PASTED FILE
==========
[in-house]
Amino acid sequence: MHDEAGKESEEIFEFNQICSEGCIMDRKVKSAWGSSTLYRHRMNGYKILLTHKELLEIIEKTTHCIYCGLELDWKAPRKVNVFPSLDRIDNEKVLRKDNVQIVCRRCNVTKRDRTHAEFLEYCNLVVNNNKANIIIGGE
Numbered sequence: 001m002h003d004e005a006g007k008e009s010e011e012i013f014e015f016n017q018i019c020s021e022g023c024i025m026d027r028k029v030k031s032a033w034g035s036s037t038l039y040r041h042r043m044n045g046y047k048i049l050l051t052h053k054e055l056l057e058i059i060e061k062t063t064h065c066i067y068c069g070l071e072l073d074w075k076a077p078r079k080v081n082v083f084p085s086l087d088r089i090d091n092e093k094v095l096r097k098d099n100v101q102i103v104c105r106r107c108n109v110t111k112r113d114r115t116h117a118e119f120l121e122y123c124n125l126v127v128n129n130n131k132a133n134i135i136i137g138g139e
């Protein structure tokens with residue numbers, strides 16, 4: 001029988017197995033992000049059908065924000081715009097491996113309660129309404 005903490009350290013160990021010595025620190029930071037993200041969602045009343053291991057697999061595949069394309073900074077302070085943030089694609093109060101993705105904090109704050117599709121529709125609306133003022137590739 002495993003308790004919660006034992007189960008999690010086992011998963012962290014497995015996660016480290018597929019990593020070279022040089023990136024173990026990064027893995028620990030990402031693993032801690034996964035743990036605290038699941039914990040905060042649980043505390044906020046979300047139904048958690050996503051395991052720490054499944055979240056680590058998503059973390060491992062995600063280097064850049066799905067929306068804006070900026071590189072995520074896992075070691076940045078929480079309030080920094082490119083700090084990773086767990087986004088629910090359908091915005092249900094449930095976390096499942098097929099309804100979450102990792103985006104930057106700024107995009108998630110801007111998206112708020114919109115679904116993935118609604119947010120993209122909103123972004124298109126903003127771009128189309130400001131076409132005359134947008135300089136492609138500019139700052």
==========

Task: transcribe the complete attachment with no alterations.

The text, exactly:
[in-house]
Amino acid sequence: MHDEAGKESEEIFEFNQICSEGCIMDRKVKSAWGSSTLYRHRMNGYKILLTHKELLEIIEKTTHCIYCGLELDWKAPRKVNVFPSLDRIDNEKVLRKDNVQIVCRRCNVTKRDRTHAEFLEYCNLVVNNNKANIIIGGE
Numbered sequence: 001m002h003d004e005a006g007k008e009s010e011e012i013f014e015f016n017q018i019c020s021e022g023c024i025m026d027r028k029v030k031s032a033w034g035s036s037t038l039y040r041h042r043m044n045g046y047k048i049l050l051t052h053k054e055l056l057e058i059i060e061k062t063t064h065c066i067y068c069g070l071e072l073d074w075k076a077p078r079k080v081n082v083f084p085s086l087d088r089i090d091n092e093k094v095l096r097k098d099n100v101q102i103v104c105r106r107c108n109v110t111k112r113d114r115t116h117a118e119f120l121e122y123c124n125l126v127v128n129n130n131k132a133n134i135i136i137g138g139e
């Protein structure tokens with residue numbers, strides 16, 4: 001029988017197995033992000049059908065924000081715009097491996113309660129309404 005903490009350290013160990021010595025620190029930071037993200041969602045009343053291991057697999061595949069394309073900074077302070085943030089694609093109060101993705105904090109704050117599709121529709125609306133003022137590739 002495993003308790004919660006034992007189960008999690010086992011998963012962290014497995015996660016480290018597929019990593020070279022040089023990136024173990026990064027893995028620990030990402031693993032801690034996964035743990036605290038699941039914990040905060042649980043505390044906020046979300047139904048958690050996503051395991052720490054499944055979240056680590058998503059973390060491992062995600063280097064850049066799905067929306068804006070900026071590189072995520074896992075070691076940045078929480079309030080920094082490119083700090084990773086767990087986004088629910090359908091915005092249900094449930095976390096499942098097929099309804100979450102990792103985006104930057106700024107995009108998630110801007111998206112708020114919109115679904116993935118609604119947010120993209122909103123972004124298109126903003127771009128189309130400001131076409132005359134947008135300089136492609138500019139700052």